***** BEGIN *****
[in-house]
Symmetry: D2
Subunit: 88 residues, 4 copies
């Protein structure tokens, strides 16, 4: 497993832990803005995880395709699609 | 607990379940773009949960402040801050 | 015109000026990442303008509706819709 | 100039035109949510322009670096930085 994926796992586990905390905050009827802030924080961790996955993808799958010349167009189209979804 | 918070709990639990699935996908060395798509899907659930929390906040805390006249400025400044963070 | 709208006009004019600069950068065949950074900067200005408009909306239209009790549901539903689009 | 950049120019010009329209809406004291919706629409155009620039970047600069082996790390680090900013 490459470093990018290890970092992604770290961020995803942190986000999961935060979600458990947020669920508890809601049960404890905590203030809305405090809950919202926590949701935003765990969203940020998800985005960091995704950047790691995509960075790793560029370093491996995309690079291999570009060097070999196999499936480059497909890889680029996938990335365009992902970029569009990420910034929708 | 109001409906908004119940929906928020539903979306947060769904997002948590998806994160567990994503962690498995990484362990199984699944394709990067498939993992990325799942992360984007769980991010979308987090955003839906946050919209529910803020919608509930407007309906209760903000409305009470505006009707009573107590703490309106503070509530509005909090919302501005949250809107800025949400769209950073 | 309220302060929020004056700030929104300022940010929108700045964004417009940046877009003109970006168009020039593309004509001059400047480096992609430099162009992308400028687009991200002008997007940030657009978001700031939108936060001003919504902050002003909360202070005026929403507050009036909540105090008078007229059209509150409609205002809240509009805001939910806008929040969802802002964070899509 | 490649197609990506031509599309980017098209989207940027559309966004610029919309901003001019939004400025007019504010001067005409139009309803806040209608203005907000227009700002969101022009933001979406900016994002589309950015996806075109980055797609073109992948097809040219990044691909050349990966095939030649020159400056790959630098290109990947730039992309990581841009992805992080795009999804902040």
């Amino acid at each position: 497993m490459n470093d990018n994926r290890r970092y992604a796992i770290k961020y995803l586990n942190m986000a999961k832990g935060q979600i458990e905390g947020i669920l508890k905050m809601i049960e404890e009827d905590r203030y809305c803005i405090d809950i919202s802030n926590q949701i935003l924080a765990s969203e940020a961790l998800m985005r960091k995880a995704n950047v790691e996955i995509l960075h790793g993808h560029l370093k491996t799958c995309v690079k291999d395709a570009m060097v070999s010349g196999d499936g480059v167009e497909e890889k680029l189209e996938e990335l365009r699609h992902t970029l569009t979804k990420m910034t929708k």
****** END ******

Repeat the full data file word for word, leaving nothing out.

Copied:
[in-house]
Symmetry: D2
Subunit: 88 residues, 4 copies
């Protein structure tokens, strides 16, 4: 497993832990803005995880395709699609 | 607990379940773009949960402040801050 | 015109000026990442303008509706819709 | 100039035109949510322009670096930085 994926796992586990905390905050009827802030924080961790996955993808799958010349167009189209979804 | 918070709990639990699935996908060395798509899907659930929390906040805390006249400025400044963070 | 709208006009004019600069950068065949950074900067200005408009909306239209009790549901539903689009 | 950049120019010009329209809406004291919706629409155009620039970047600069082996790390680090900013 490459470093990018290890970092992604770290961020995803942190986000999961935060979600458990947020669920508890809601049960404890905590203030809305405090809950919202926590949701935003765990969203940020998800985005960091995704950047790691995509960075790793560029370093491996995309690079291999570009060097070999196999499936480059497909890889680029996938990335365009992902970029569009990420910034929708 | 109001409906908004119940929906928020539903979306947060769904997002948590998806994160567990994503962690498995990484362990199984699944394709990067498939993992990325799942992360984007769980991010979308987090955003839906946050919209529910803020919608509930407007309906209760903000409305009470505006009707009573107590703490309106503070509530509005909090919302501005949250809107800025949400769209950073 | 309220302060929020004056700030929104300022940010929108700045964004417009940046877009003109970006168009020039593309004509001059400047480096992609430099162009992308400028687009991200002008997007940030657009978001700031939108936060001003919504902050002003909360202070005026929403507050009036909540105090008078007229059209509150409609205002809240509009805001939910806008929040969802802002964070899509 | 490649197609990506031509599309980017098209989207940027559309966004610029919309901003001019939004400025007019504010001067005409139009309803806040209608203005907000227009700002969101022009933001979406900016994002589309950015996806075109980055797609073109992948097809040219990044691909050349990966095939030649020159400056790959630098290109990947730039992309990581841009992805992080795009999804902040």
């Amino acid at each position: 497993m490459n470093d990018n994926r290890r970092y992604a796992i770290k961020y995803l586990n942190m986000a999961k832990g935060q979600i458990e905390g947020i669920l508890k905050m809601i049960e404890e009827d905590r203030y809305c803005i405090d809950i919202s802030n926590q949701i935003l924080a765990s969203e940020a961790l998800m985005r960091k995880a995704n950047v790691e996955i995509l960075h790793g993808h560029l370093k491996t799958c995309v690079k291999d395709a570009m060097v070999s010349g196999d499936g480059v167009e497909e890889k680029l189209e996938e990335l365009r699609h992902t970029l569009t979804k990420m910034t929708k």